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Information literacy when there is no information: the case of rare and orphan diseases - Hannah Spring


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Information literacy when there is no information: the case of rare and orphan diseases - Hannah Spring

  1. 1. Information literacy when there is no information: the case of rare and orphan diseases LILAC Conference: 25th April 2014 Dr Hannah Spring Senior Lecturer: Research and Evidence Based Practice Support York St John University |
  2. 2. York St John University | Background • Presentation is based on the following book chapter: • Spring, H. (2014) Health 2.0 and Information Literacy for Rare and Orphan Diseases. In: Bali, R., Bos, L., Gibbons, M., Ibell, S (eds). Rare diseases in the age of health 2.0. London: Springer, pp. 101-113 • Book focusses on various factors associated with orphan diseases and the influence and role of health information and technologies
  3. 3. Rare Diseases • What are rare diseases? • “Life threatening or chronically debilitating diseases affecting fewer than 5 people in 10,000” (European Commission on Public Health, 2013) • Often not prioritised for research funding • Cost of developing drug treatments often not seen by national and international Government as justifiable • ‘Orphan Disease’ is therefore a term often used interchangeably with ‘Rare Disease’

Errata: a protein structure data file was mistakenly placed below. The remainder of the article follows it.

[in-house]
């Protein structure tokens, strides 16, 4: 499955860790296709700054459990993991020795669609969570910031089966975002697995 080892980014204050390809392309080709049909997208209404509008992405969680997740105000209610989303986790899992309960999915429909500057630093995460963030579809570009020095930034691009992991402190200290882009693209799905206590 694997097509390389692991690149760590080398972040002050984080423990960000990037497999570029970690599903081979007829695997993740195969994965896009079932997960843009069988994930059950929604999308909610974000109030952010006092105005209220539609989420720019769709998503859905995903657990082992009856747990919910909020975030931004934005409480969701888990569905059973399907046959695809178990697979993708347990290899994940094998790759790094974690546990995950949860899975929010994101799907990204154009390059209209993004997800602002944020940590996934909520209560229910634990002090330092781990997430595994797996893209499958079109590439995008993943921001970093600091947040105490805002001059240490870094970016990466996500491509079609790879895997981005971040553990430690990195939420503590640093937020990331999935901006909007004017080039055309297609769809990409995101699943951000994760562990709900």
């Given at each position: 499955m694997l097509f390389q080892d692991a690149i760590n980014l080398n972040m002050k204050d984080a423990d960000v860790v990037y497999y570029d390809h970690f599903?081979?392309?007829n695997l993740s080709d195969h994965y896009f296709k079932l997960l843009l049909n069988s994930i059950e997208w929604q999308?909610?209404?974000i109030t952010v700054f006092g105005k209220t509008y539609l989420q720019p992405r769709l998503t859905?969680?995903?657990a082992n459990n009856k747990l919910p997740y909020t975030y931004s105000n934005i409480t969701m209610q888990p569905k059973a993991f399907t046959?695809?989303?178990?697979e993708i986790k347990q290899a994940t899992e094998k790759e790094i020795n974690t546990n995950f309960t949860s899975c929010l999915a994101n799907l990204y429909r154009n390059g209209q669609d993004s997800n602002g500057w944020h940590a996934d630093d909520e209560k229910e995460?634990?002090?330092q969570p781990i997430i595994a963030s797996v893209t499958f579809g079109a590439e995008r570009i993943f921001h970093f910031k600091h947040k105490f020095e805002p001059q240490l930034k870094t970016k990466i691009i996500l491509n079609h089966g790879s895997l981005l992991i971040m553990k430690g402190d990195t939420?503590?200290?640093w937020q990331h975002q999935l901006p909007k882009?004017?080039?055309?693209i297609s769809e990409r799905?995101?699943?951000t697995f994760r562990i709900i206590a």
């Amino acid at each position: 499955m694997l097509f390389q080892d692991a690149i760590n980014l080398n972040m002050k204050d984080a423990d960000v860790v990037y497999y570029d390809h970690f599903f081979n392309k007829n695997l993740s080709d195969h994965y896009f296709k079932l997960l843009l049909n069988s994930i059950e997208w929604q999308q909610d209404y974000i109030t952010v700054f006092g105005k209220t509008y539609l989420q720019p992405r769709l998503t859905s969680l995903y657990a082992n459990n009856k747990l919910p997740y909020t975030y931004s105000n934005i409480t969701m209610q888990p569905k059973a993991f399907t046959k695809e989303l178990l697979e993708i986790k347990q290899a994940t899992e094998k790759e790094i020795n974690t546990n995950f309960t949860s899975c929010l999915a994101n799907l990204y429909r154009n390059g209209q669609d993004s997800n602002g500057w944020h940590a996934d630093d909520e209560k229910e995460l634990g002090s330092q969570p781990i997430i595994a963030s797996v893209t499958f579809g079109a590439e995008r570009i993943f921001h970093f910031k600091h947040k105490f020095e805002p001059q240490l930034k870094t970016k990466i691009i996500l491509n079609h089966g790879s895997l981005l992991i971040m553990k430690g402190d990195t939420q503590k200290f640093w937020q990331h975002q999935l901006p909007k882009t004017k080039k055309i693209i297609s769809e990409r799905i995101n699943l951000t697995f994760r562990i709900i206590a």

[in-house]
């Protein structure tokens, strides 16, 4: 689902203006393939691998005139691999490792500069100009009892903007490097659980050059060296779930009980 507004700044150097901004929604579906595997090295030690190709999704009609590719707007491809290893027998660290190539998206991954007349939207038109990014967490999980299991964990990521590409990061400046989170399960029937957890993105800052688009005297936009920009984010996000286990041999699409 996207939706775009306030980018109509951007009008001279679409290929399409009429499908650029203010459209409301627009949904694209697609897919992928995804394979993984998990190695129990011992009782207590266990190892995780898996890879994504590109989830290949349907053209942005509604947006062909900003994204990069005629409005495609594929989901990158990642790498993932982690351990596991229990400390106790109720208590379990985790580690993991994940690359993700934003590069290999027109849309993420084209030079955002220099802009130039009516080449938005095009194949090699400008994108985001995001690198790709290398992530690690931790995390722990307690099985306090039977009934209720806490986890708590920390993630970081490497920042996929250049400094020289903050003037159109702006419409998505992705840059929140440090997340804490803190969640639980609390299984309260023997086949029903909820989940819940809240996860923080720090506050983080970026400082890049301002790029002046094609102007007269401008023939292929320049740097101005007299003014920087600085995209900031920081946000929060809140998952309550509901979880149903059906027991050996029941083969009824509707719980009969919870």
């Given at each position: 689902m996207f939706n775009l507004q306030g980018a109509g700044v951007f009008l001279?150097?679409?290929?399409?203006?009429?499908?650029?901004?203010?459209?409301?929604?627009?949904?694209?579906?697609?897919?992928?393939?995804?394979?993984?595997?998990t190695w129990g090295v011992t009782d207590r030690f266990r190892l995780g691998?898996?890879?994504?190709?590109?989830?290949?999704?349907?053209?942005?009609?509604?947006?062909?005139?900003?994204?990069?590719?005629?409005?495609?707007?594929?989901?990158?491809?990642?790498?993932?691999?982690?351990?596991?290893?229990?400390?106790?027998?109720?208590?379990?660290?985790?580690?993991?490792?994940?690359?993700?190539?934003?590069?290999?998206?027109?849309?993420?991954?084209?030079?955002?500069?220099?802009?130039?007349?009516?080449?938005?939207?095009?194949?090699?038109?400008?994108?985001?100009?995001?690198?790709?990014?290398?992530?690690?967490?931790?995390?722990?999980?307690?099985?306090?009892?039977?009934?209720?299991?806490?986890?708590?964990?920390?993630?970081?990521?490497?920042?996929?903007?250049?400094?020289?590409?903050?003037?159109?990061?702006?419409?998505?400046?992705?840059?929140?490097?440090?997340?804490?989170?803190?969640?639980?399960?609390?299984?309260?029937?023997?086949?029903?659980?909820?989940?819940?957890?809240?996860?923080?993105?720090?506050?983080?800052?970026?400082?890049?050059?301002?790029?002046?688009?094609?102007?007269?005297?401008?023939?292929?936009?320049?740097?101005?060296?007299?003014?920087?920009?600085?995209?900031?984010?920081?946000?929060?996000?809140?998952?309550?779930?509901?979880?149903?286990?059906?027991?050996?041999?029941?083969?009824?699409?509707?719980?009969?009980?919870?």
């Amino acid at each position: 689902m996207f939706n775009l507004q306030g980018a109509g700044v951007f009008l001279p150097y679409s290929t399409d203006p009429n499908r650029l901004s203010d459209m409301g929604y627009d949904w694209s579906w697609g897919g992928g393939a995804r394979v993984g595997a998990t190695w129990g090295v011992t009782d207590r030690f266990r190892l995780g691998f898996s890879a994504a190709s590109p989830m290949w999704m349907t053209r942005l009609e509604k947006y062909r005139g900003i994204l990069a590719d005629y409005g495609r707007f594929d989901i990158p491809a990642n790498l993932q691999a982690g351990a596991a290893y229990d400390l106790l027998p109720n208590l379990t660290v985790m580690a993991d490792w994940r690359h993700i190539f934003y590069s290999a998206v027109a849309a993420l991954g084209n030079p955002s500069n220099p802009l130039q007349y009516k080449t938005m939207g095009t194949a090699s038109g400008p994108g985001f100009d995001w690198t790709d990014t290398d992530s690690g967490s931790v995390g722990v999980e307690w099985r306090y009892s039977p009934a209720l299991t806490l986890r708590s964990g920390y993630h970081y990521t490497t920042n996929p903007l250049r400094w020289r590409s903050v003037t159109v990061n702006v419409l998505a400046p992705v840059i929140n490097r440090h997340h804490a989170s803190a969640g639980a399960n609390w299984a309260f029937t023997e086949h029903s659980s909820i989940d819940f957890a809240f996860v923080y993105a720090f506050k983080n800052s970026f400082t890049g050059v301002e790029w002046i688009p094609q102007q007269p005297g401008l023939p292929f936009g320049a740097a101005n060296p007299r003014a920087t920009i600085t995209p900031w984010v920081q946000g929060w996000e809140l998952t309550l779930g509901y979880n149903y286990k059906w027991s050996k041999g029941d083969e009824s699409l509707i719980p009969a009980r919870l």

4. 4. York St John University | Information Challenges • European Commission on Public Health (2013) outlines the following priorities for rare diseases: • Ensuring that rare diseases are adequately coded and traceable in all health information systems • Creating European reference networks linking centres of expertise and professionals in different countries to share knowledge and identify where patients should go when expertise is unavailable in their home country • Encouraging more research into rare diseases
  5. 5. York St John University | Cluster Headache • A debilitating condition presenting as sudden onset of severe and intense head pain • Attacks come in ‘clusters’ • Treatment includes daily injections, and oxygen • Not life threatening but has a severe impact on quality of life • Very unpredictable • Not well understood • Underdiagnosed, and often misdiagnosed as migraine • Also termed ‘suicide headache’ • Only charitable organisation is OUCH UK • Not officially classified as a rare disease, but it has all the characteristics
  6. 6. York St John University | Annie’s Story
  7. 7. York St John University | Annie’s Story “Although it would ease off at times, it always came back. The pain would just not go away. All I wanted was to make it stop and it seemed like no one was able to help me”.